the phase integral is $q(\alpha )=\left(1G\right)\phi _{1}\left(\alpha \right)+G\phi _{2}\left(\alpha \right)$
and
 $\phi _{i}\left(\alpha \right)=\exp {\left(A_{i}\left(\tan {\frac {\alpha }{2}}\right)^{B_{i}}\right)}$
for $i=1$ or $2$ , $A_{1}=3.332$ , $A_{2}=1.862$ , $B_{1}=0.631$ and $B_{2}=1.218$ .^{[22]}
This relation is valid for phase angles $\alpha <120^{\circ }$
The slope parameter $G$
In 2012, the $HG$
The apparent magnitude of asteroids varies as they rotate, on time scales of seconds to weeks depending on their rotation period, by up to $2{\text{ mag}}$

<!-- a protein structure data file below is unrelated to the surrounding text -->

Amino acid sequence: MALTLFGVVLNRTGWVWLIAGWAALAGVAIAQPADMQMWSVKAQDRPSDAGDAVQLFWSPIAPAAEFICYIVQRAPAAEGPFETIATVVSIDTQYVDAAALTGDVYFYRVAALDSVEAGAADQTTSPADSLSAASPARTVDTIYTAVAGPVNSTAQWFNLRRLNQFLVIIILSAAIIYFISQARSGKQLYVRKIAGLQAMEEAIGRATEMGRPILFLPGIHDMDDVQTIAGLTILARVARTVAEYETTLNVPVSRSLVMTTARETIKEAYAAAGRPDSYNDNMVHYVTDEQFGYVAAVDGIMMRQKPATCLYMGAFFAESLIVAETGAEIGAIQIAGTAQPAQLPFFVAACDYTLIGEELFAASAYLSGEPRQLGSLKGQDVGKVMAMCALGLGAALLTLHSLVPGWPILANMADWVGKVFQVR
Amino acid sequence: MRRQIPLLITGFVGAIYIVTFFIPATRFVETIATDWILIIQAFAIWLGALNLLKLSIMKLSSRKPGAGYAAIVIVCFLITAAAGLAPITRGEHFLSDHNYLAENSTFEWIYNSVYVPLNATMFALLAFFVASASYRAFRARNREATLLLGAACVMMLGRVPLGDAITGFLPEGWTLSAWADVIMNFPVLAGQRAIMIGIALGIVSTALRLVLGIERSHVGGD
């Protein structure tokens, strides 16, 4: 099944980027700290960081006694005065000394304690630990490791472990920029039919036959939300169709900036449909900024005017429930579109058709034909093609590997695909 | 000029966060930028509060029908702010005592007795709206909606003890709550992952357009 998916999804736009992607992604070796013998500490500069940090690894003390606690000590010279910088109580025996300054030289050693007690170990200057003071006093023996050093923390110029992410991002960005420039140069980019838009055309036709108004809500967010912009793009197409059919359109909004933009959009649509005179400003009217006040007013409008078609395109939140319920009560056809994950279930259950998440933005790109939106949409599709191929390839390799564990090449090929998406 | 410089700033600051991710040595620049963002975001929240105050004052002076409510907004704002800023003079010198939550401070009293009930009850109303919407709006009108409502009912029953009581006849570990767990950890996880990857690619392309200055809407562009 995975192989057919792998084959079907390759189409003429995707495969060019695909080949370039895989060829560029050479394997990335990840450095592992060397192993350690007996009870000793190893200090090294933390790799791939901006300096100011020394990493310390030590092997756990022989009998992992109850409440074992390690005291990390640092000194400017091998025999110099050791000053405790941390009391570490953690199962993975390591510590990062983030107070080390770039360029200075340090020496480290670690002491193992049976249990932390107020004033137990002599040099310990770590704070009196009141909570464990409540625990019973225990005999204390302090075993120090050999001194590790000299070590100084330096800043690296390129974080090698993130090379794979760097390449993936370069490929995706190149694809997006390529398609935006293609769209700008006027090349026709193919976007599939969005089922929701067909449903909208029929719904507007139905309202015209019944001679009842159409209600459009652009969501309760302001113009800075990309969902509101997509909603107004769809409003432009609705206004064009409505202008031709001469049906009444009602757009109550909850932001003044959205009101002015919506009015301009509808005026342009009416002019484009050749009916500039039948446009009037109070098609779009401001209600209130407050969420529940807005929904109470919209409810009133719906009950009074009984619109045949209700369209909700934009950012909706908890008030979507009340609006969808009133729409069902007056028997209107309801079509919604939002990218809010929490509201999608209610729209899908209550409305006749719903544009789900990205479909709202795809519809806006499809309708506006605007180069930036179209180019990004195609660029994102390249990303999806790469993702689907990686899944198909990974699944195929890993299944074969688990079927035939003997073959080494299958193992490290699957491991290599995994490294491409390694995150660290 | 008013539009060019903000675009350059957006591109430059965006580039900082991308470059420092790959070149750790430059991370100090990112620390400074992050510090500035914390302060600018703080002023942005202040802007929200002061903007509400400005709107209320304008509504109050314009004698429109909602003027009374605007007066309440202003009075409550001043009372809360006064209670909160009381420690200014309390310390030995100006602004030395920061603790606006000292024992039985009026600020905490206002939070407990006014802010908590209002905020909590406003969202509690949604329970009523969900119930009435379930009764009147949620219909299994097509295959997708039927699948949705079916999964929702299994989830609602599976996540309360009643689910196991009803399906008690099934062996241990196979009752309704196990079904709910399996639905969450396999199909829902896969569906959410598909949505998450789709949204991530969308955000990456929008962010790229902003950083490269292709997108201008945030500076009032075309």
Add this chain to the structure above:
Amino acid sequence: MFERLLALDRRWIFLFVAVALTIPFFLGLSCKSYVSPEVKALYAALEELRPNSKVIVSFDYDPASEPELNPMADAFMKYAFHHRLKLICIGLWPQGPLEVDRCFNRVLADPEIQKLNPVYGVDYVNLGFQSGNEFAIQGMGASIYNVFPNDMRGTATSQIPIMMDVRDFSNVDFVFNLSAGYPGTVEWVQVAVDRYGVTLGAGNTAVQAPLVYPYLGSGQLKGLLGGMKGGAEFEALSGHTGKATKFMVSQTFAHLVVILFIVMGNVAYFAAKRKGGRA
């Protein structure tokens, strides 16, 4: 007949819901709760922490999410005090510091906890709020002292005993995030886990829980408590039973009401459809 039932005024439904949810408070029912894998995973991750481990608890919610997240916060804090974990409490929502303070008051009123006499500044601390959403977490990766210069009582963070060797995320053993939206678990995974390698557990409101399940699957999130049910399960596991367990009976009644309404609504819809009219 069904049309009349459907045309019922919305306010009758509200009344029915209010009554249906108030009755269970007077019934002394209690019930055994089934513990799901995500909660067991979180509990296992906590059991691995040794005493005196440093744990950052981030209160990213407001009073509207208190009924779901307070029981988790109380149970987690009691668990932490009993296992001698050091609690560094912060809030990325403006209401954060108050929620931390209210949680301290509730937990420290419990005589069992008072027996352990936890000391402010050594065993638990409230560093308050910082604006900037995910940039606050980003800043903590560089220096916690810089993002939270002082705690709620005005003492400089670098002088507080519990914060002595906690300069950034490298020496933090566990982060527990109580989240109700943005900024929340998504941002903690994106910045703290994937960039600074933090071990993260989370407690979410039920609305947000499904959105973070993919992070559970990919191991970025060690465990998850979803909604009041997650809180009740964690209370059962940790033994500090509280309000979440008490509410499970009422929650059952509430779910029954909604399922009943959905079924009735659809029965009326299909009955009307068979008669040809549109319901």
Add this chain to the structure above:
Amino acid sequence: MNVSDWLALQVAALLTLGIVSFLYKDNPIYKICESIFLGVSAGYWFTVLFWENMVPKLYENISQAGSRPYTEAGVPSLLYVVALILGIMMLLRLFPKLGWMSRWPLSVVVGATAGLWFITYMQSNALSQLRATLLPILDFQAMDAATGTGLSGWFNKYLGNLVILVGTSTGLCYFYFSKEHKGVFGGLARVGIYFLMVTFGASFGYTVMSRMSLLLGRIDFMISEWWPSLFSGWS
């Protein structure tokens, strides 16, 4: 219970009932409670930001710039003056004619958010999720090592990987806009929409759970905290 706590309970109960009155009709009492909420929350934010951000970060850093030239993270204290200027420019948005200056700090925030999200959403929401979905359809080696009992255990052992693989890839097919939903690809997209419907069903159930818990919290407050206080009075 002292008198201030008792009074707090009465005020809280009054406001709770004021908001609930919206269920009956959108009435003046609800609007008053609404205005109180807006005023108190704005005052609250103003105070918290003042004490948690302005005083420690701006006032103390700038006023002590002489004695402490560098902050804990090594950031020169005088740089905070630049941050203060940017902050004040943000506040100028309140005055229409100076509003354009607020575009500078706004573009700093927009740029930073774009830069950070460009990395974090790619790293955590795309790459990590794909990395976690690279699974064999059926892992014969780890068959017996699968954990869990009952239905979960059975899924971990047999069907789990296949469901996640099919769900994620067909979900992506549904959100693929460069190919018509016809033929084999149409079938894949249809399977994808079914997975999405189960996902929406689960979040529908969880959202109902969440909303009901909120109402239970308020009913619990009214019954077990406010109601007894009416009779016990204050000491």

Cometary magnitudes
The brightness of comets is given separately as total magnitude ($m_{1}$
The activity of comets varies with their distance from the Sun. Their brightness can be approximated as
 $m_{1}=M_{1}+2.5\cdot K_{1}\log _{10}{\left({\frac {d_{BS}}{d_{0}}}\right)}+5\log _{10}{\left({\frac {d_{BO}}{d_{0}}}\right)}$
 $m_{2}=M_{2}+2.5\cdot K_{2}\log _{10}{\left({\frac {d_{BS}}{d_{0}}}\right)}+5\log _{10}{\left({\frac {d_{BO}}{d_{0}}}\right)},$
where $m_{1,2}$
For example, the lightcurve of comet C/2011 L4 (PANSTARRS) can be approximated by $M_{1}=5.41{\text{, }}K_{1}=3.69.$
Comet  Absolute magnitude $M_{1}$ 
Nucleus diameter 

Comet Sarabat  −3.0  ≈100 km? 
Comet HaleBopp  −1.3  60 ± 20 km 
Comet Halley  4.0  14.9 x 8.2 km 
average new comet  6.5  ≈2 km^{[33]} 
289P/Blanpain (during 1819 outburst)  8.5^{[34]}  320 m^{[35]} 
289P/Blanpain (normal activity)  22.9^{[36]}  320 m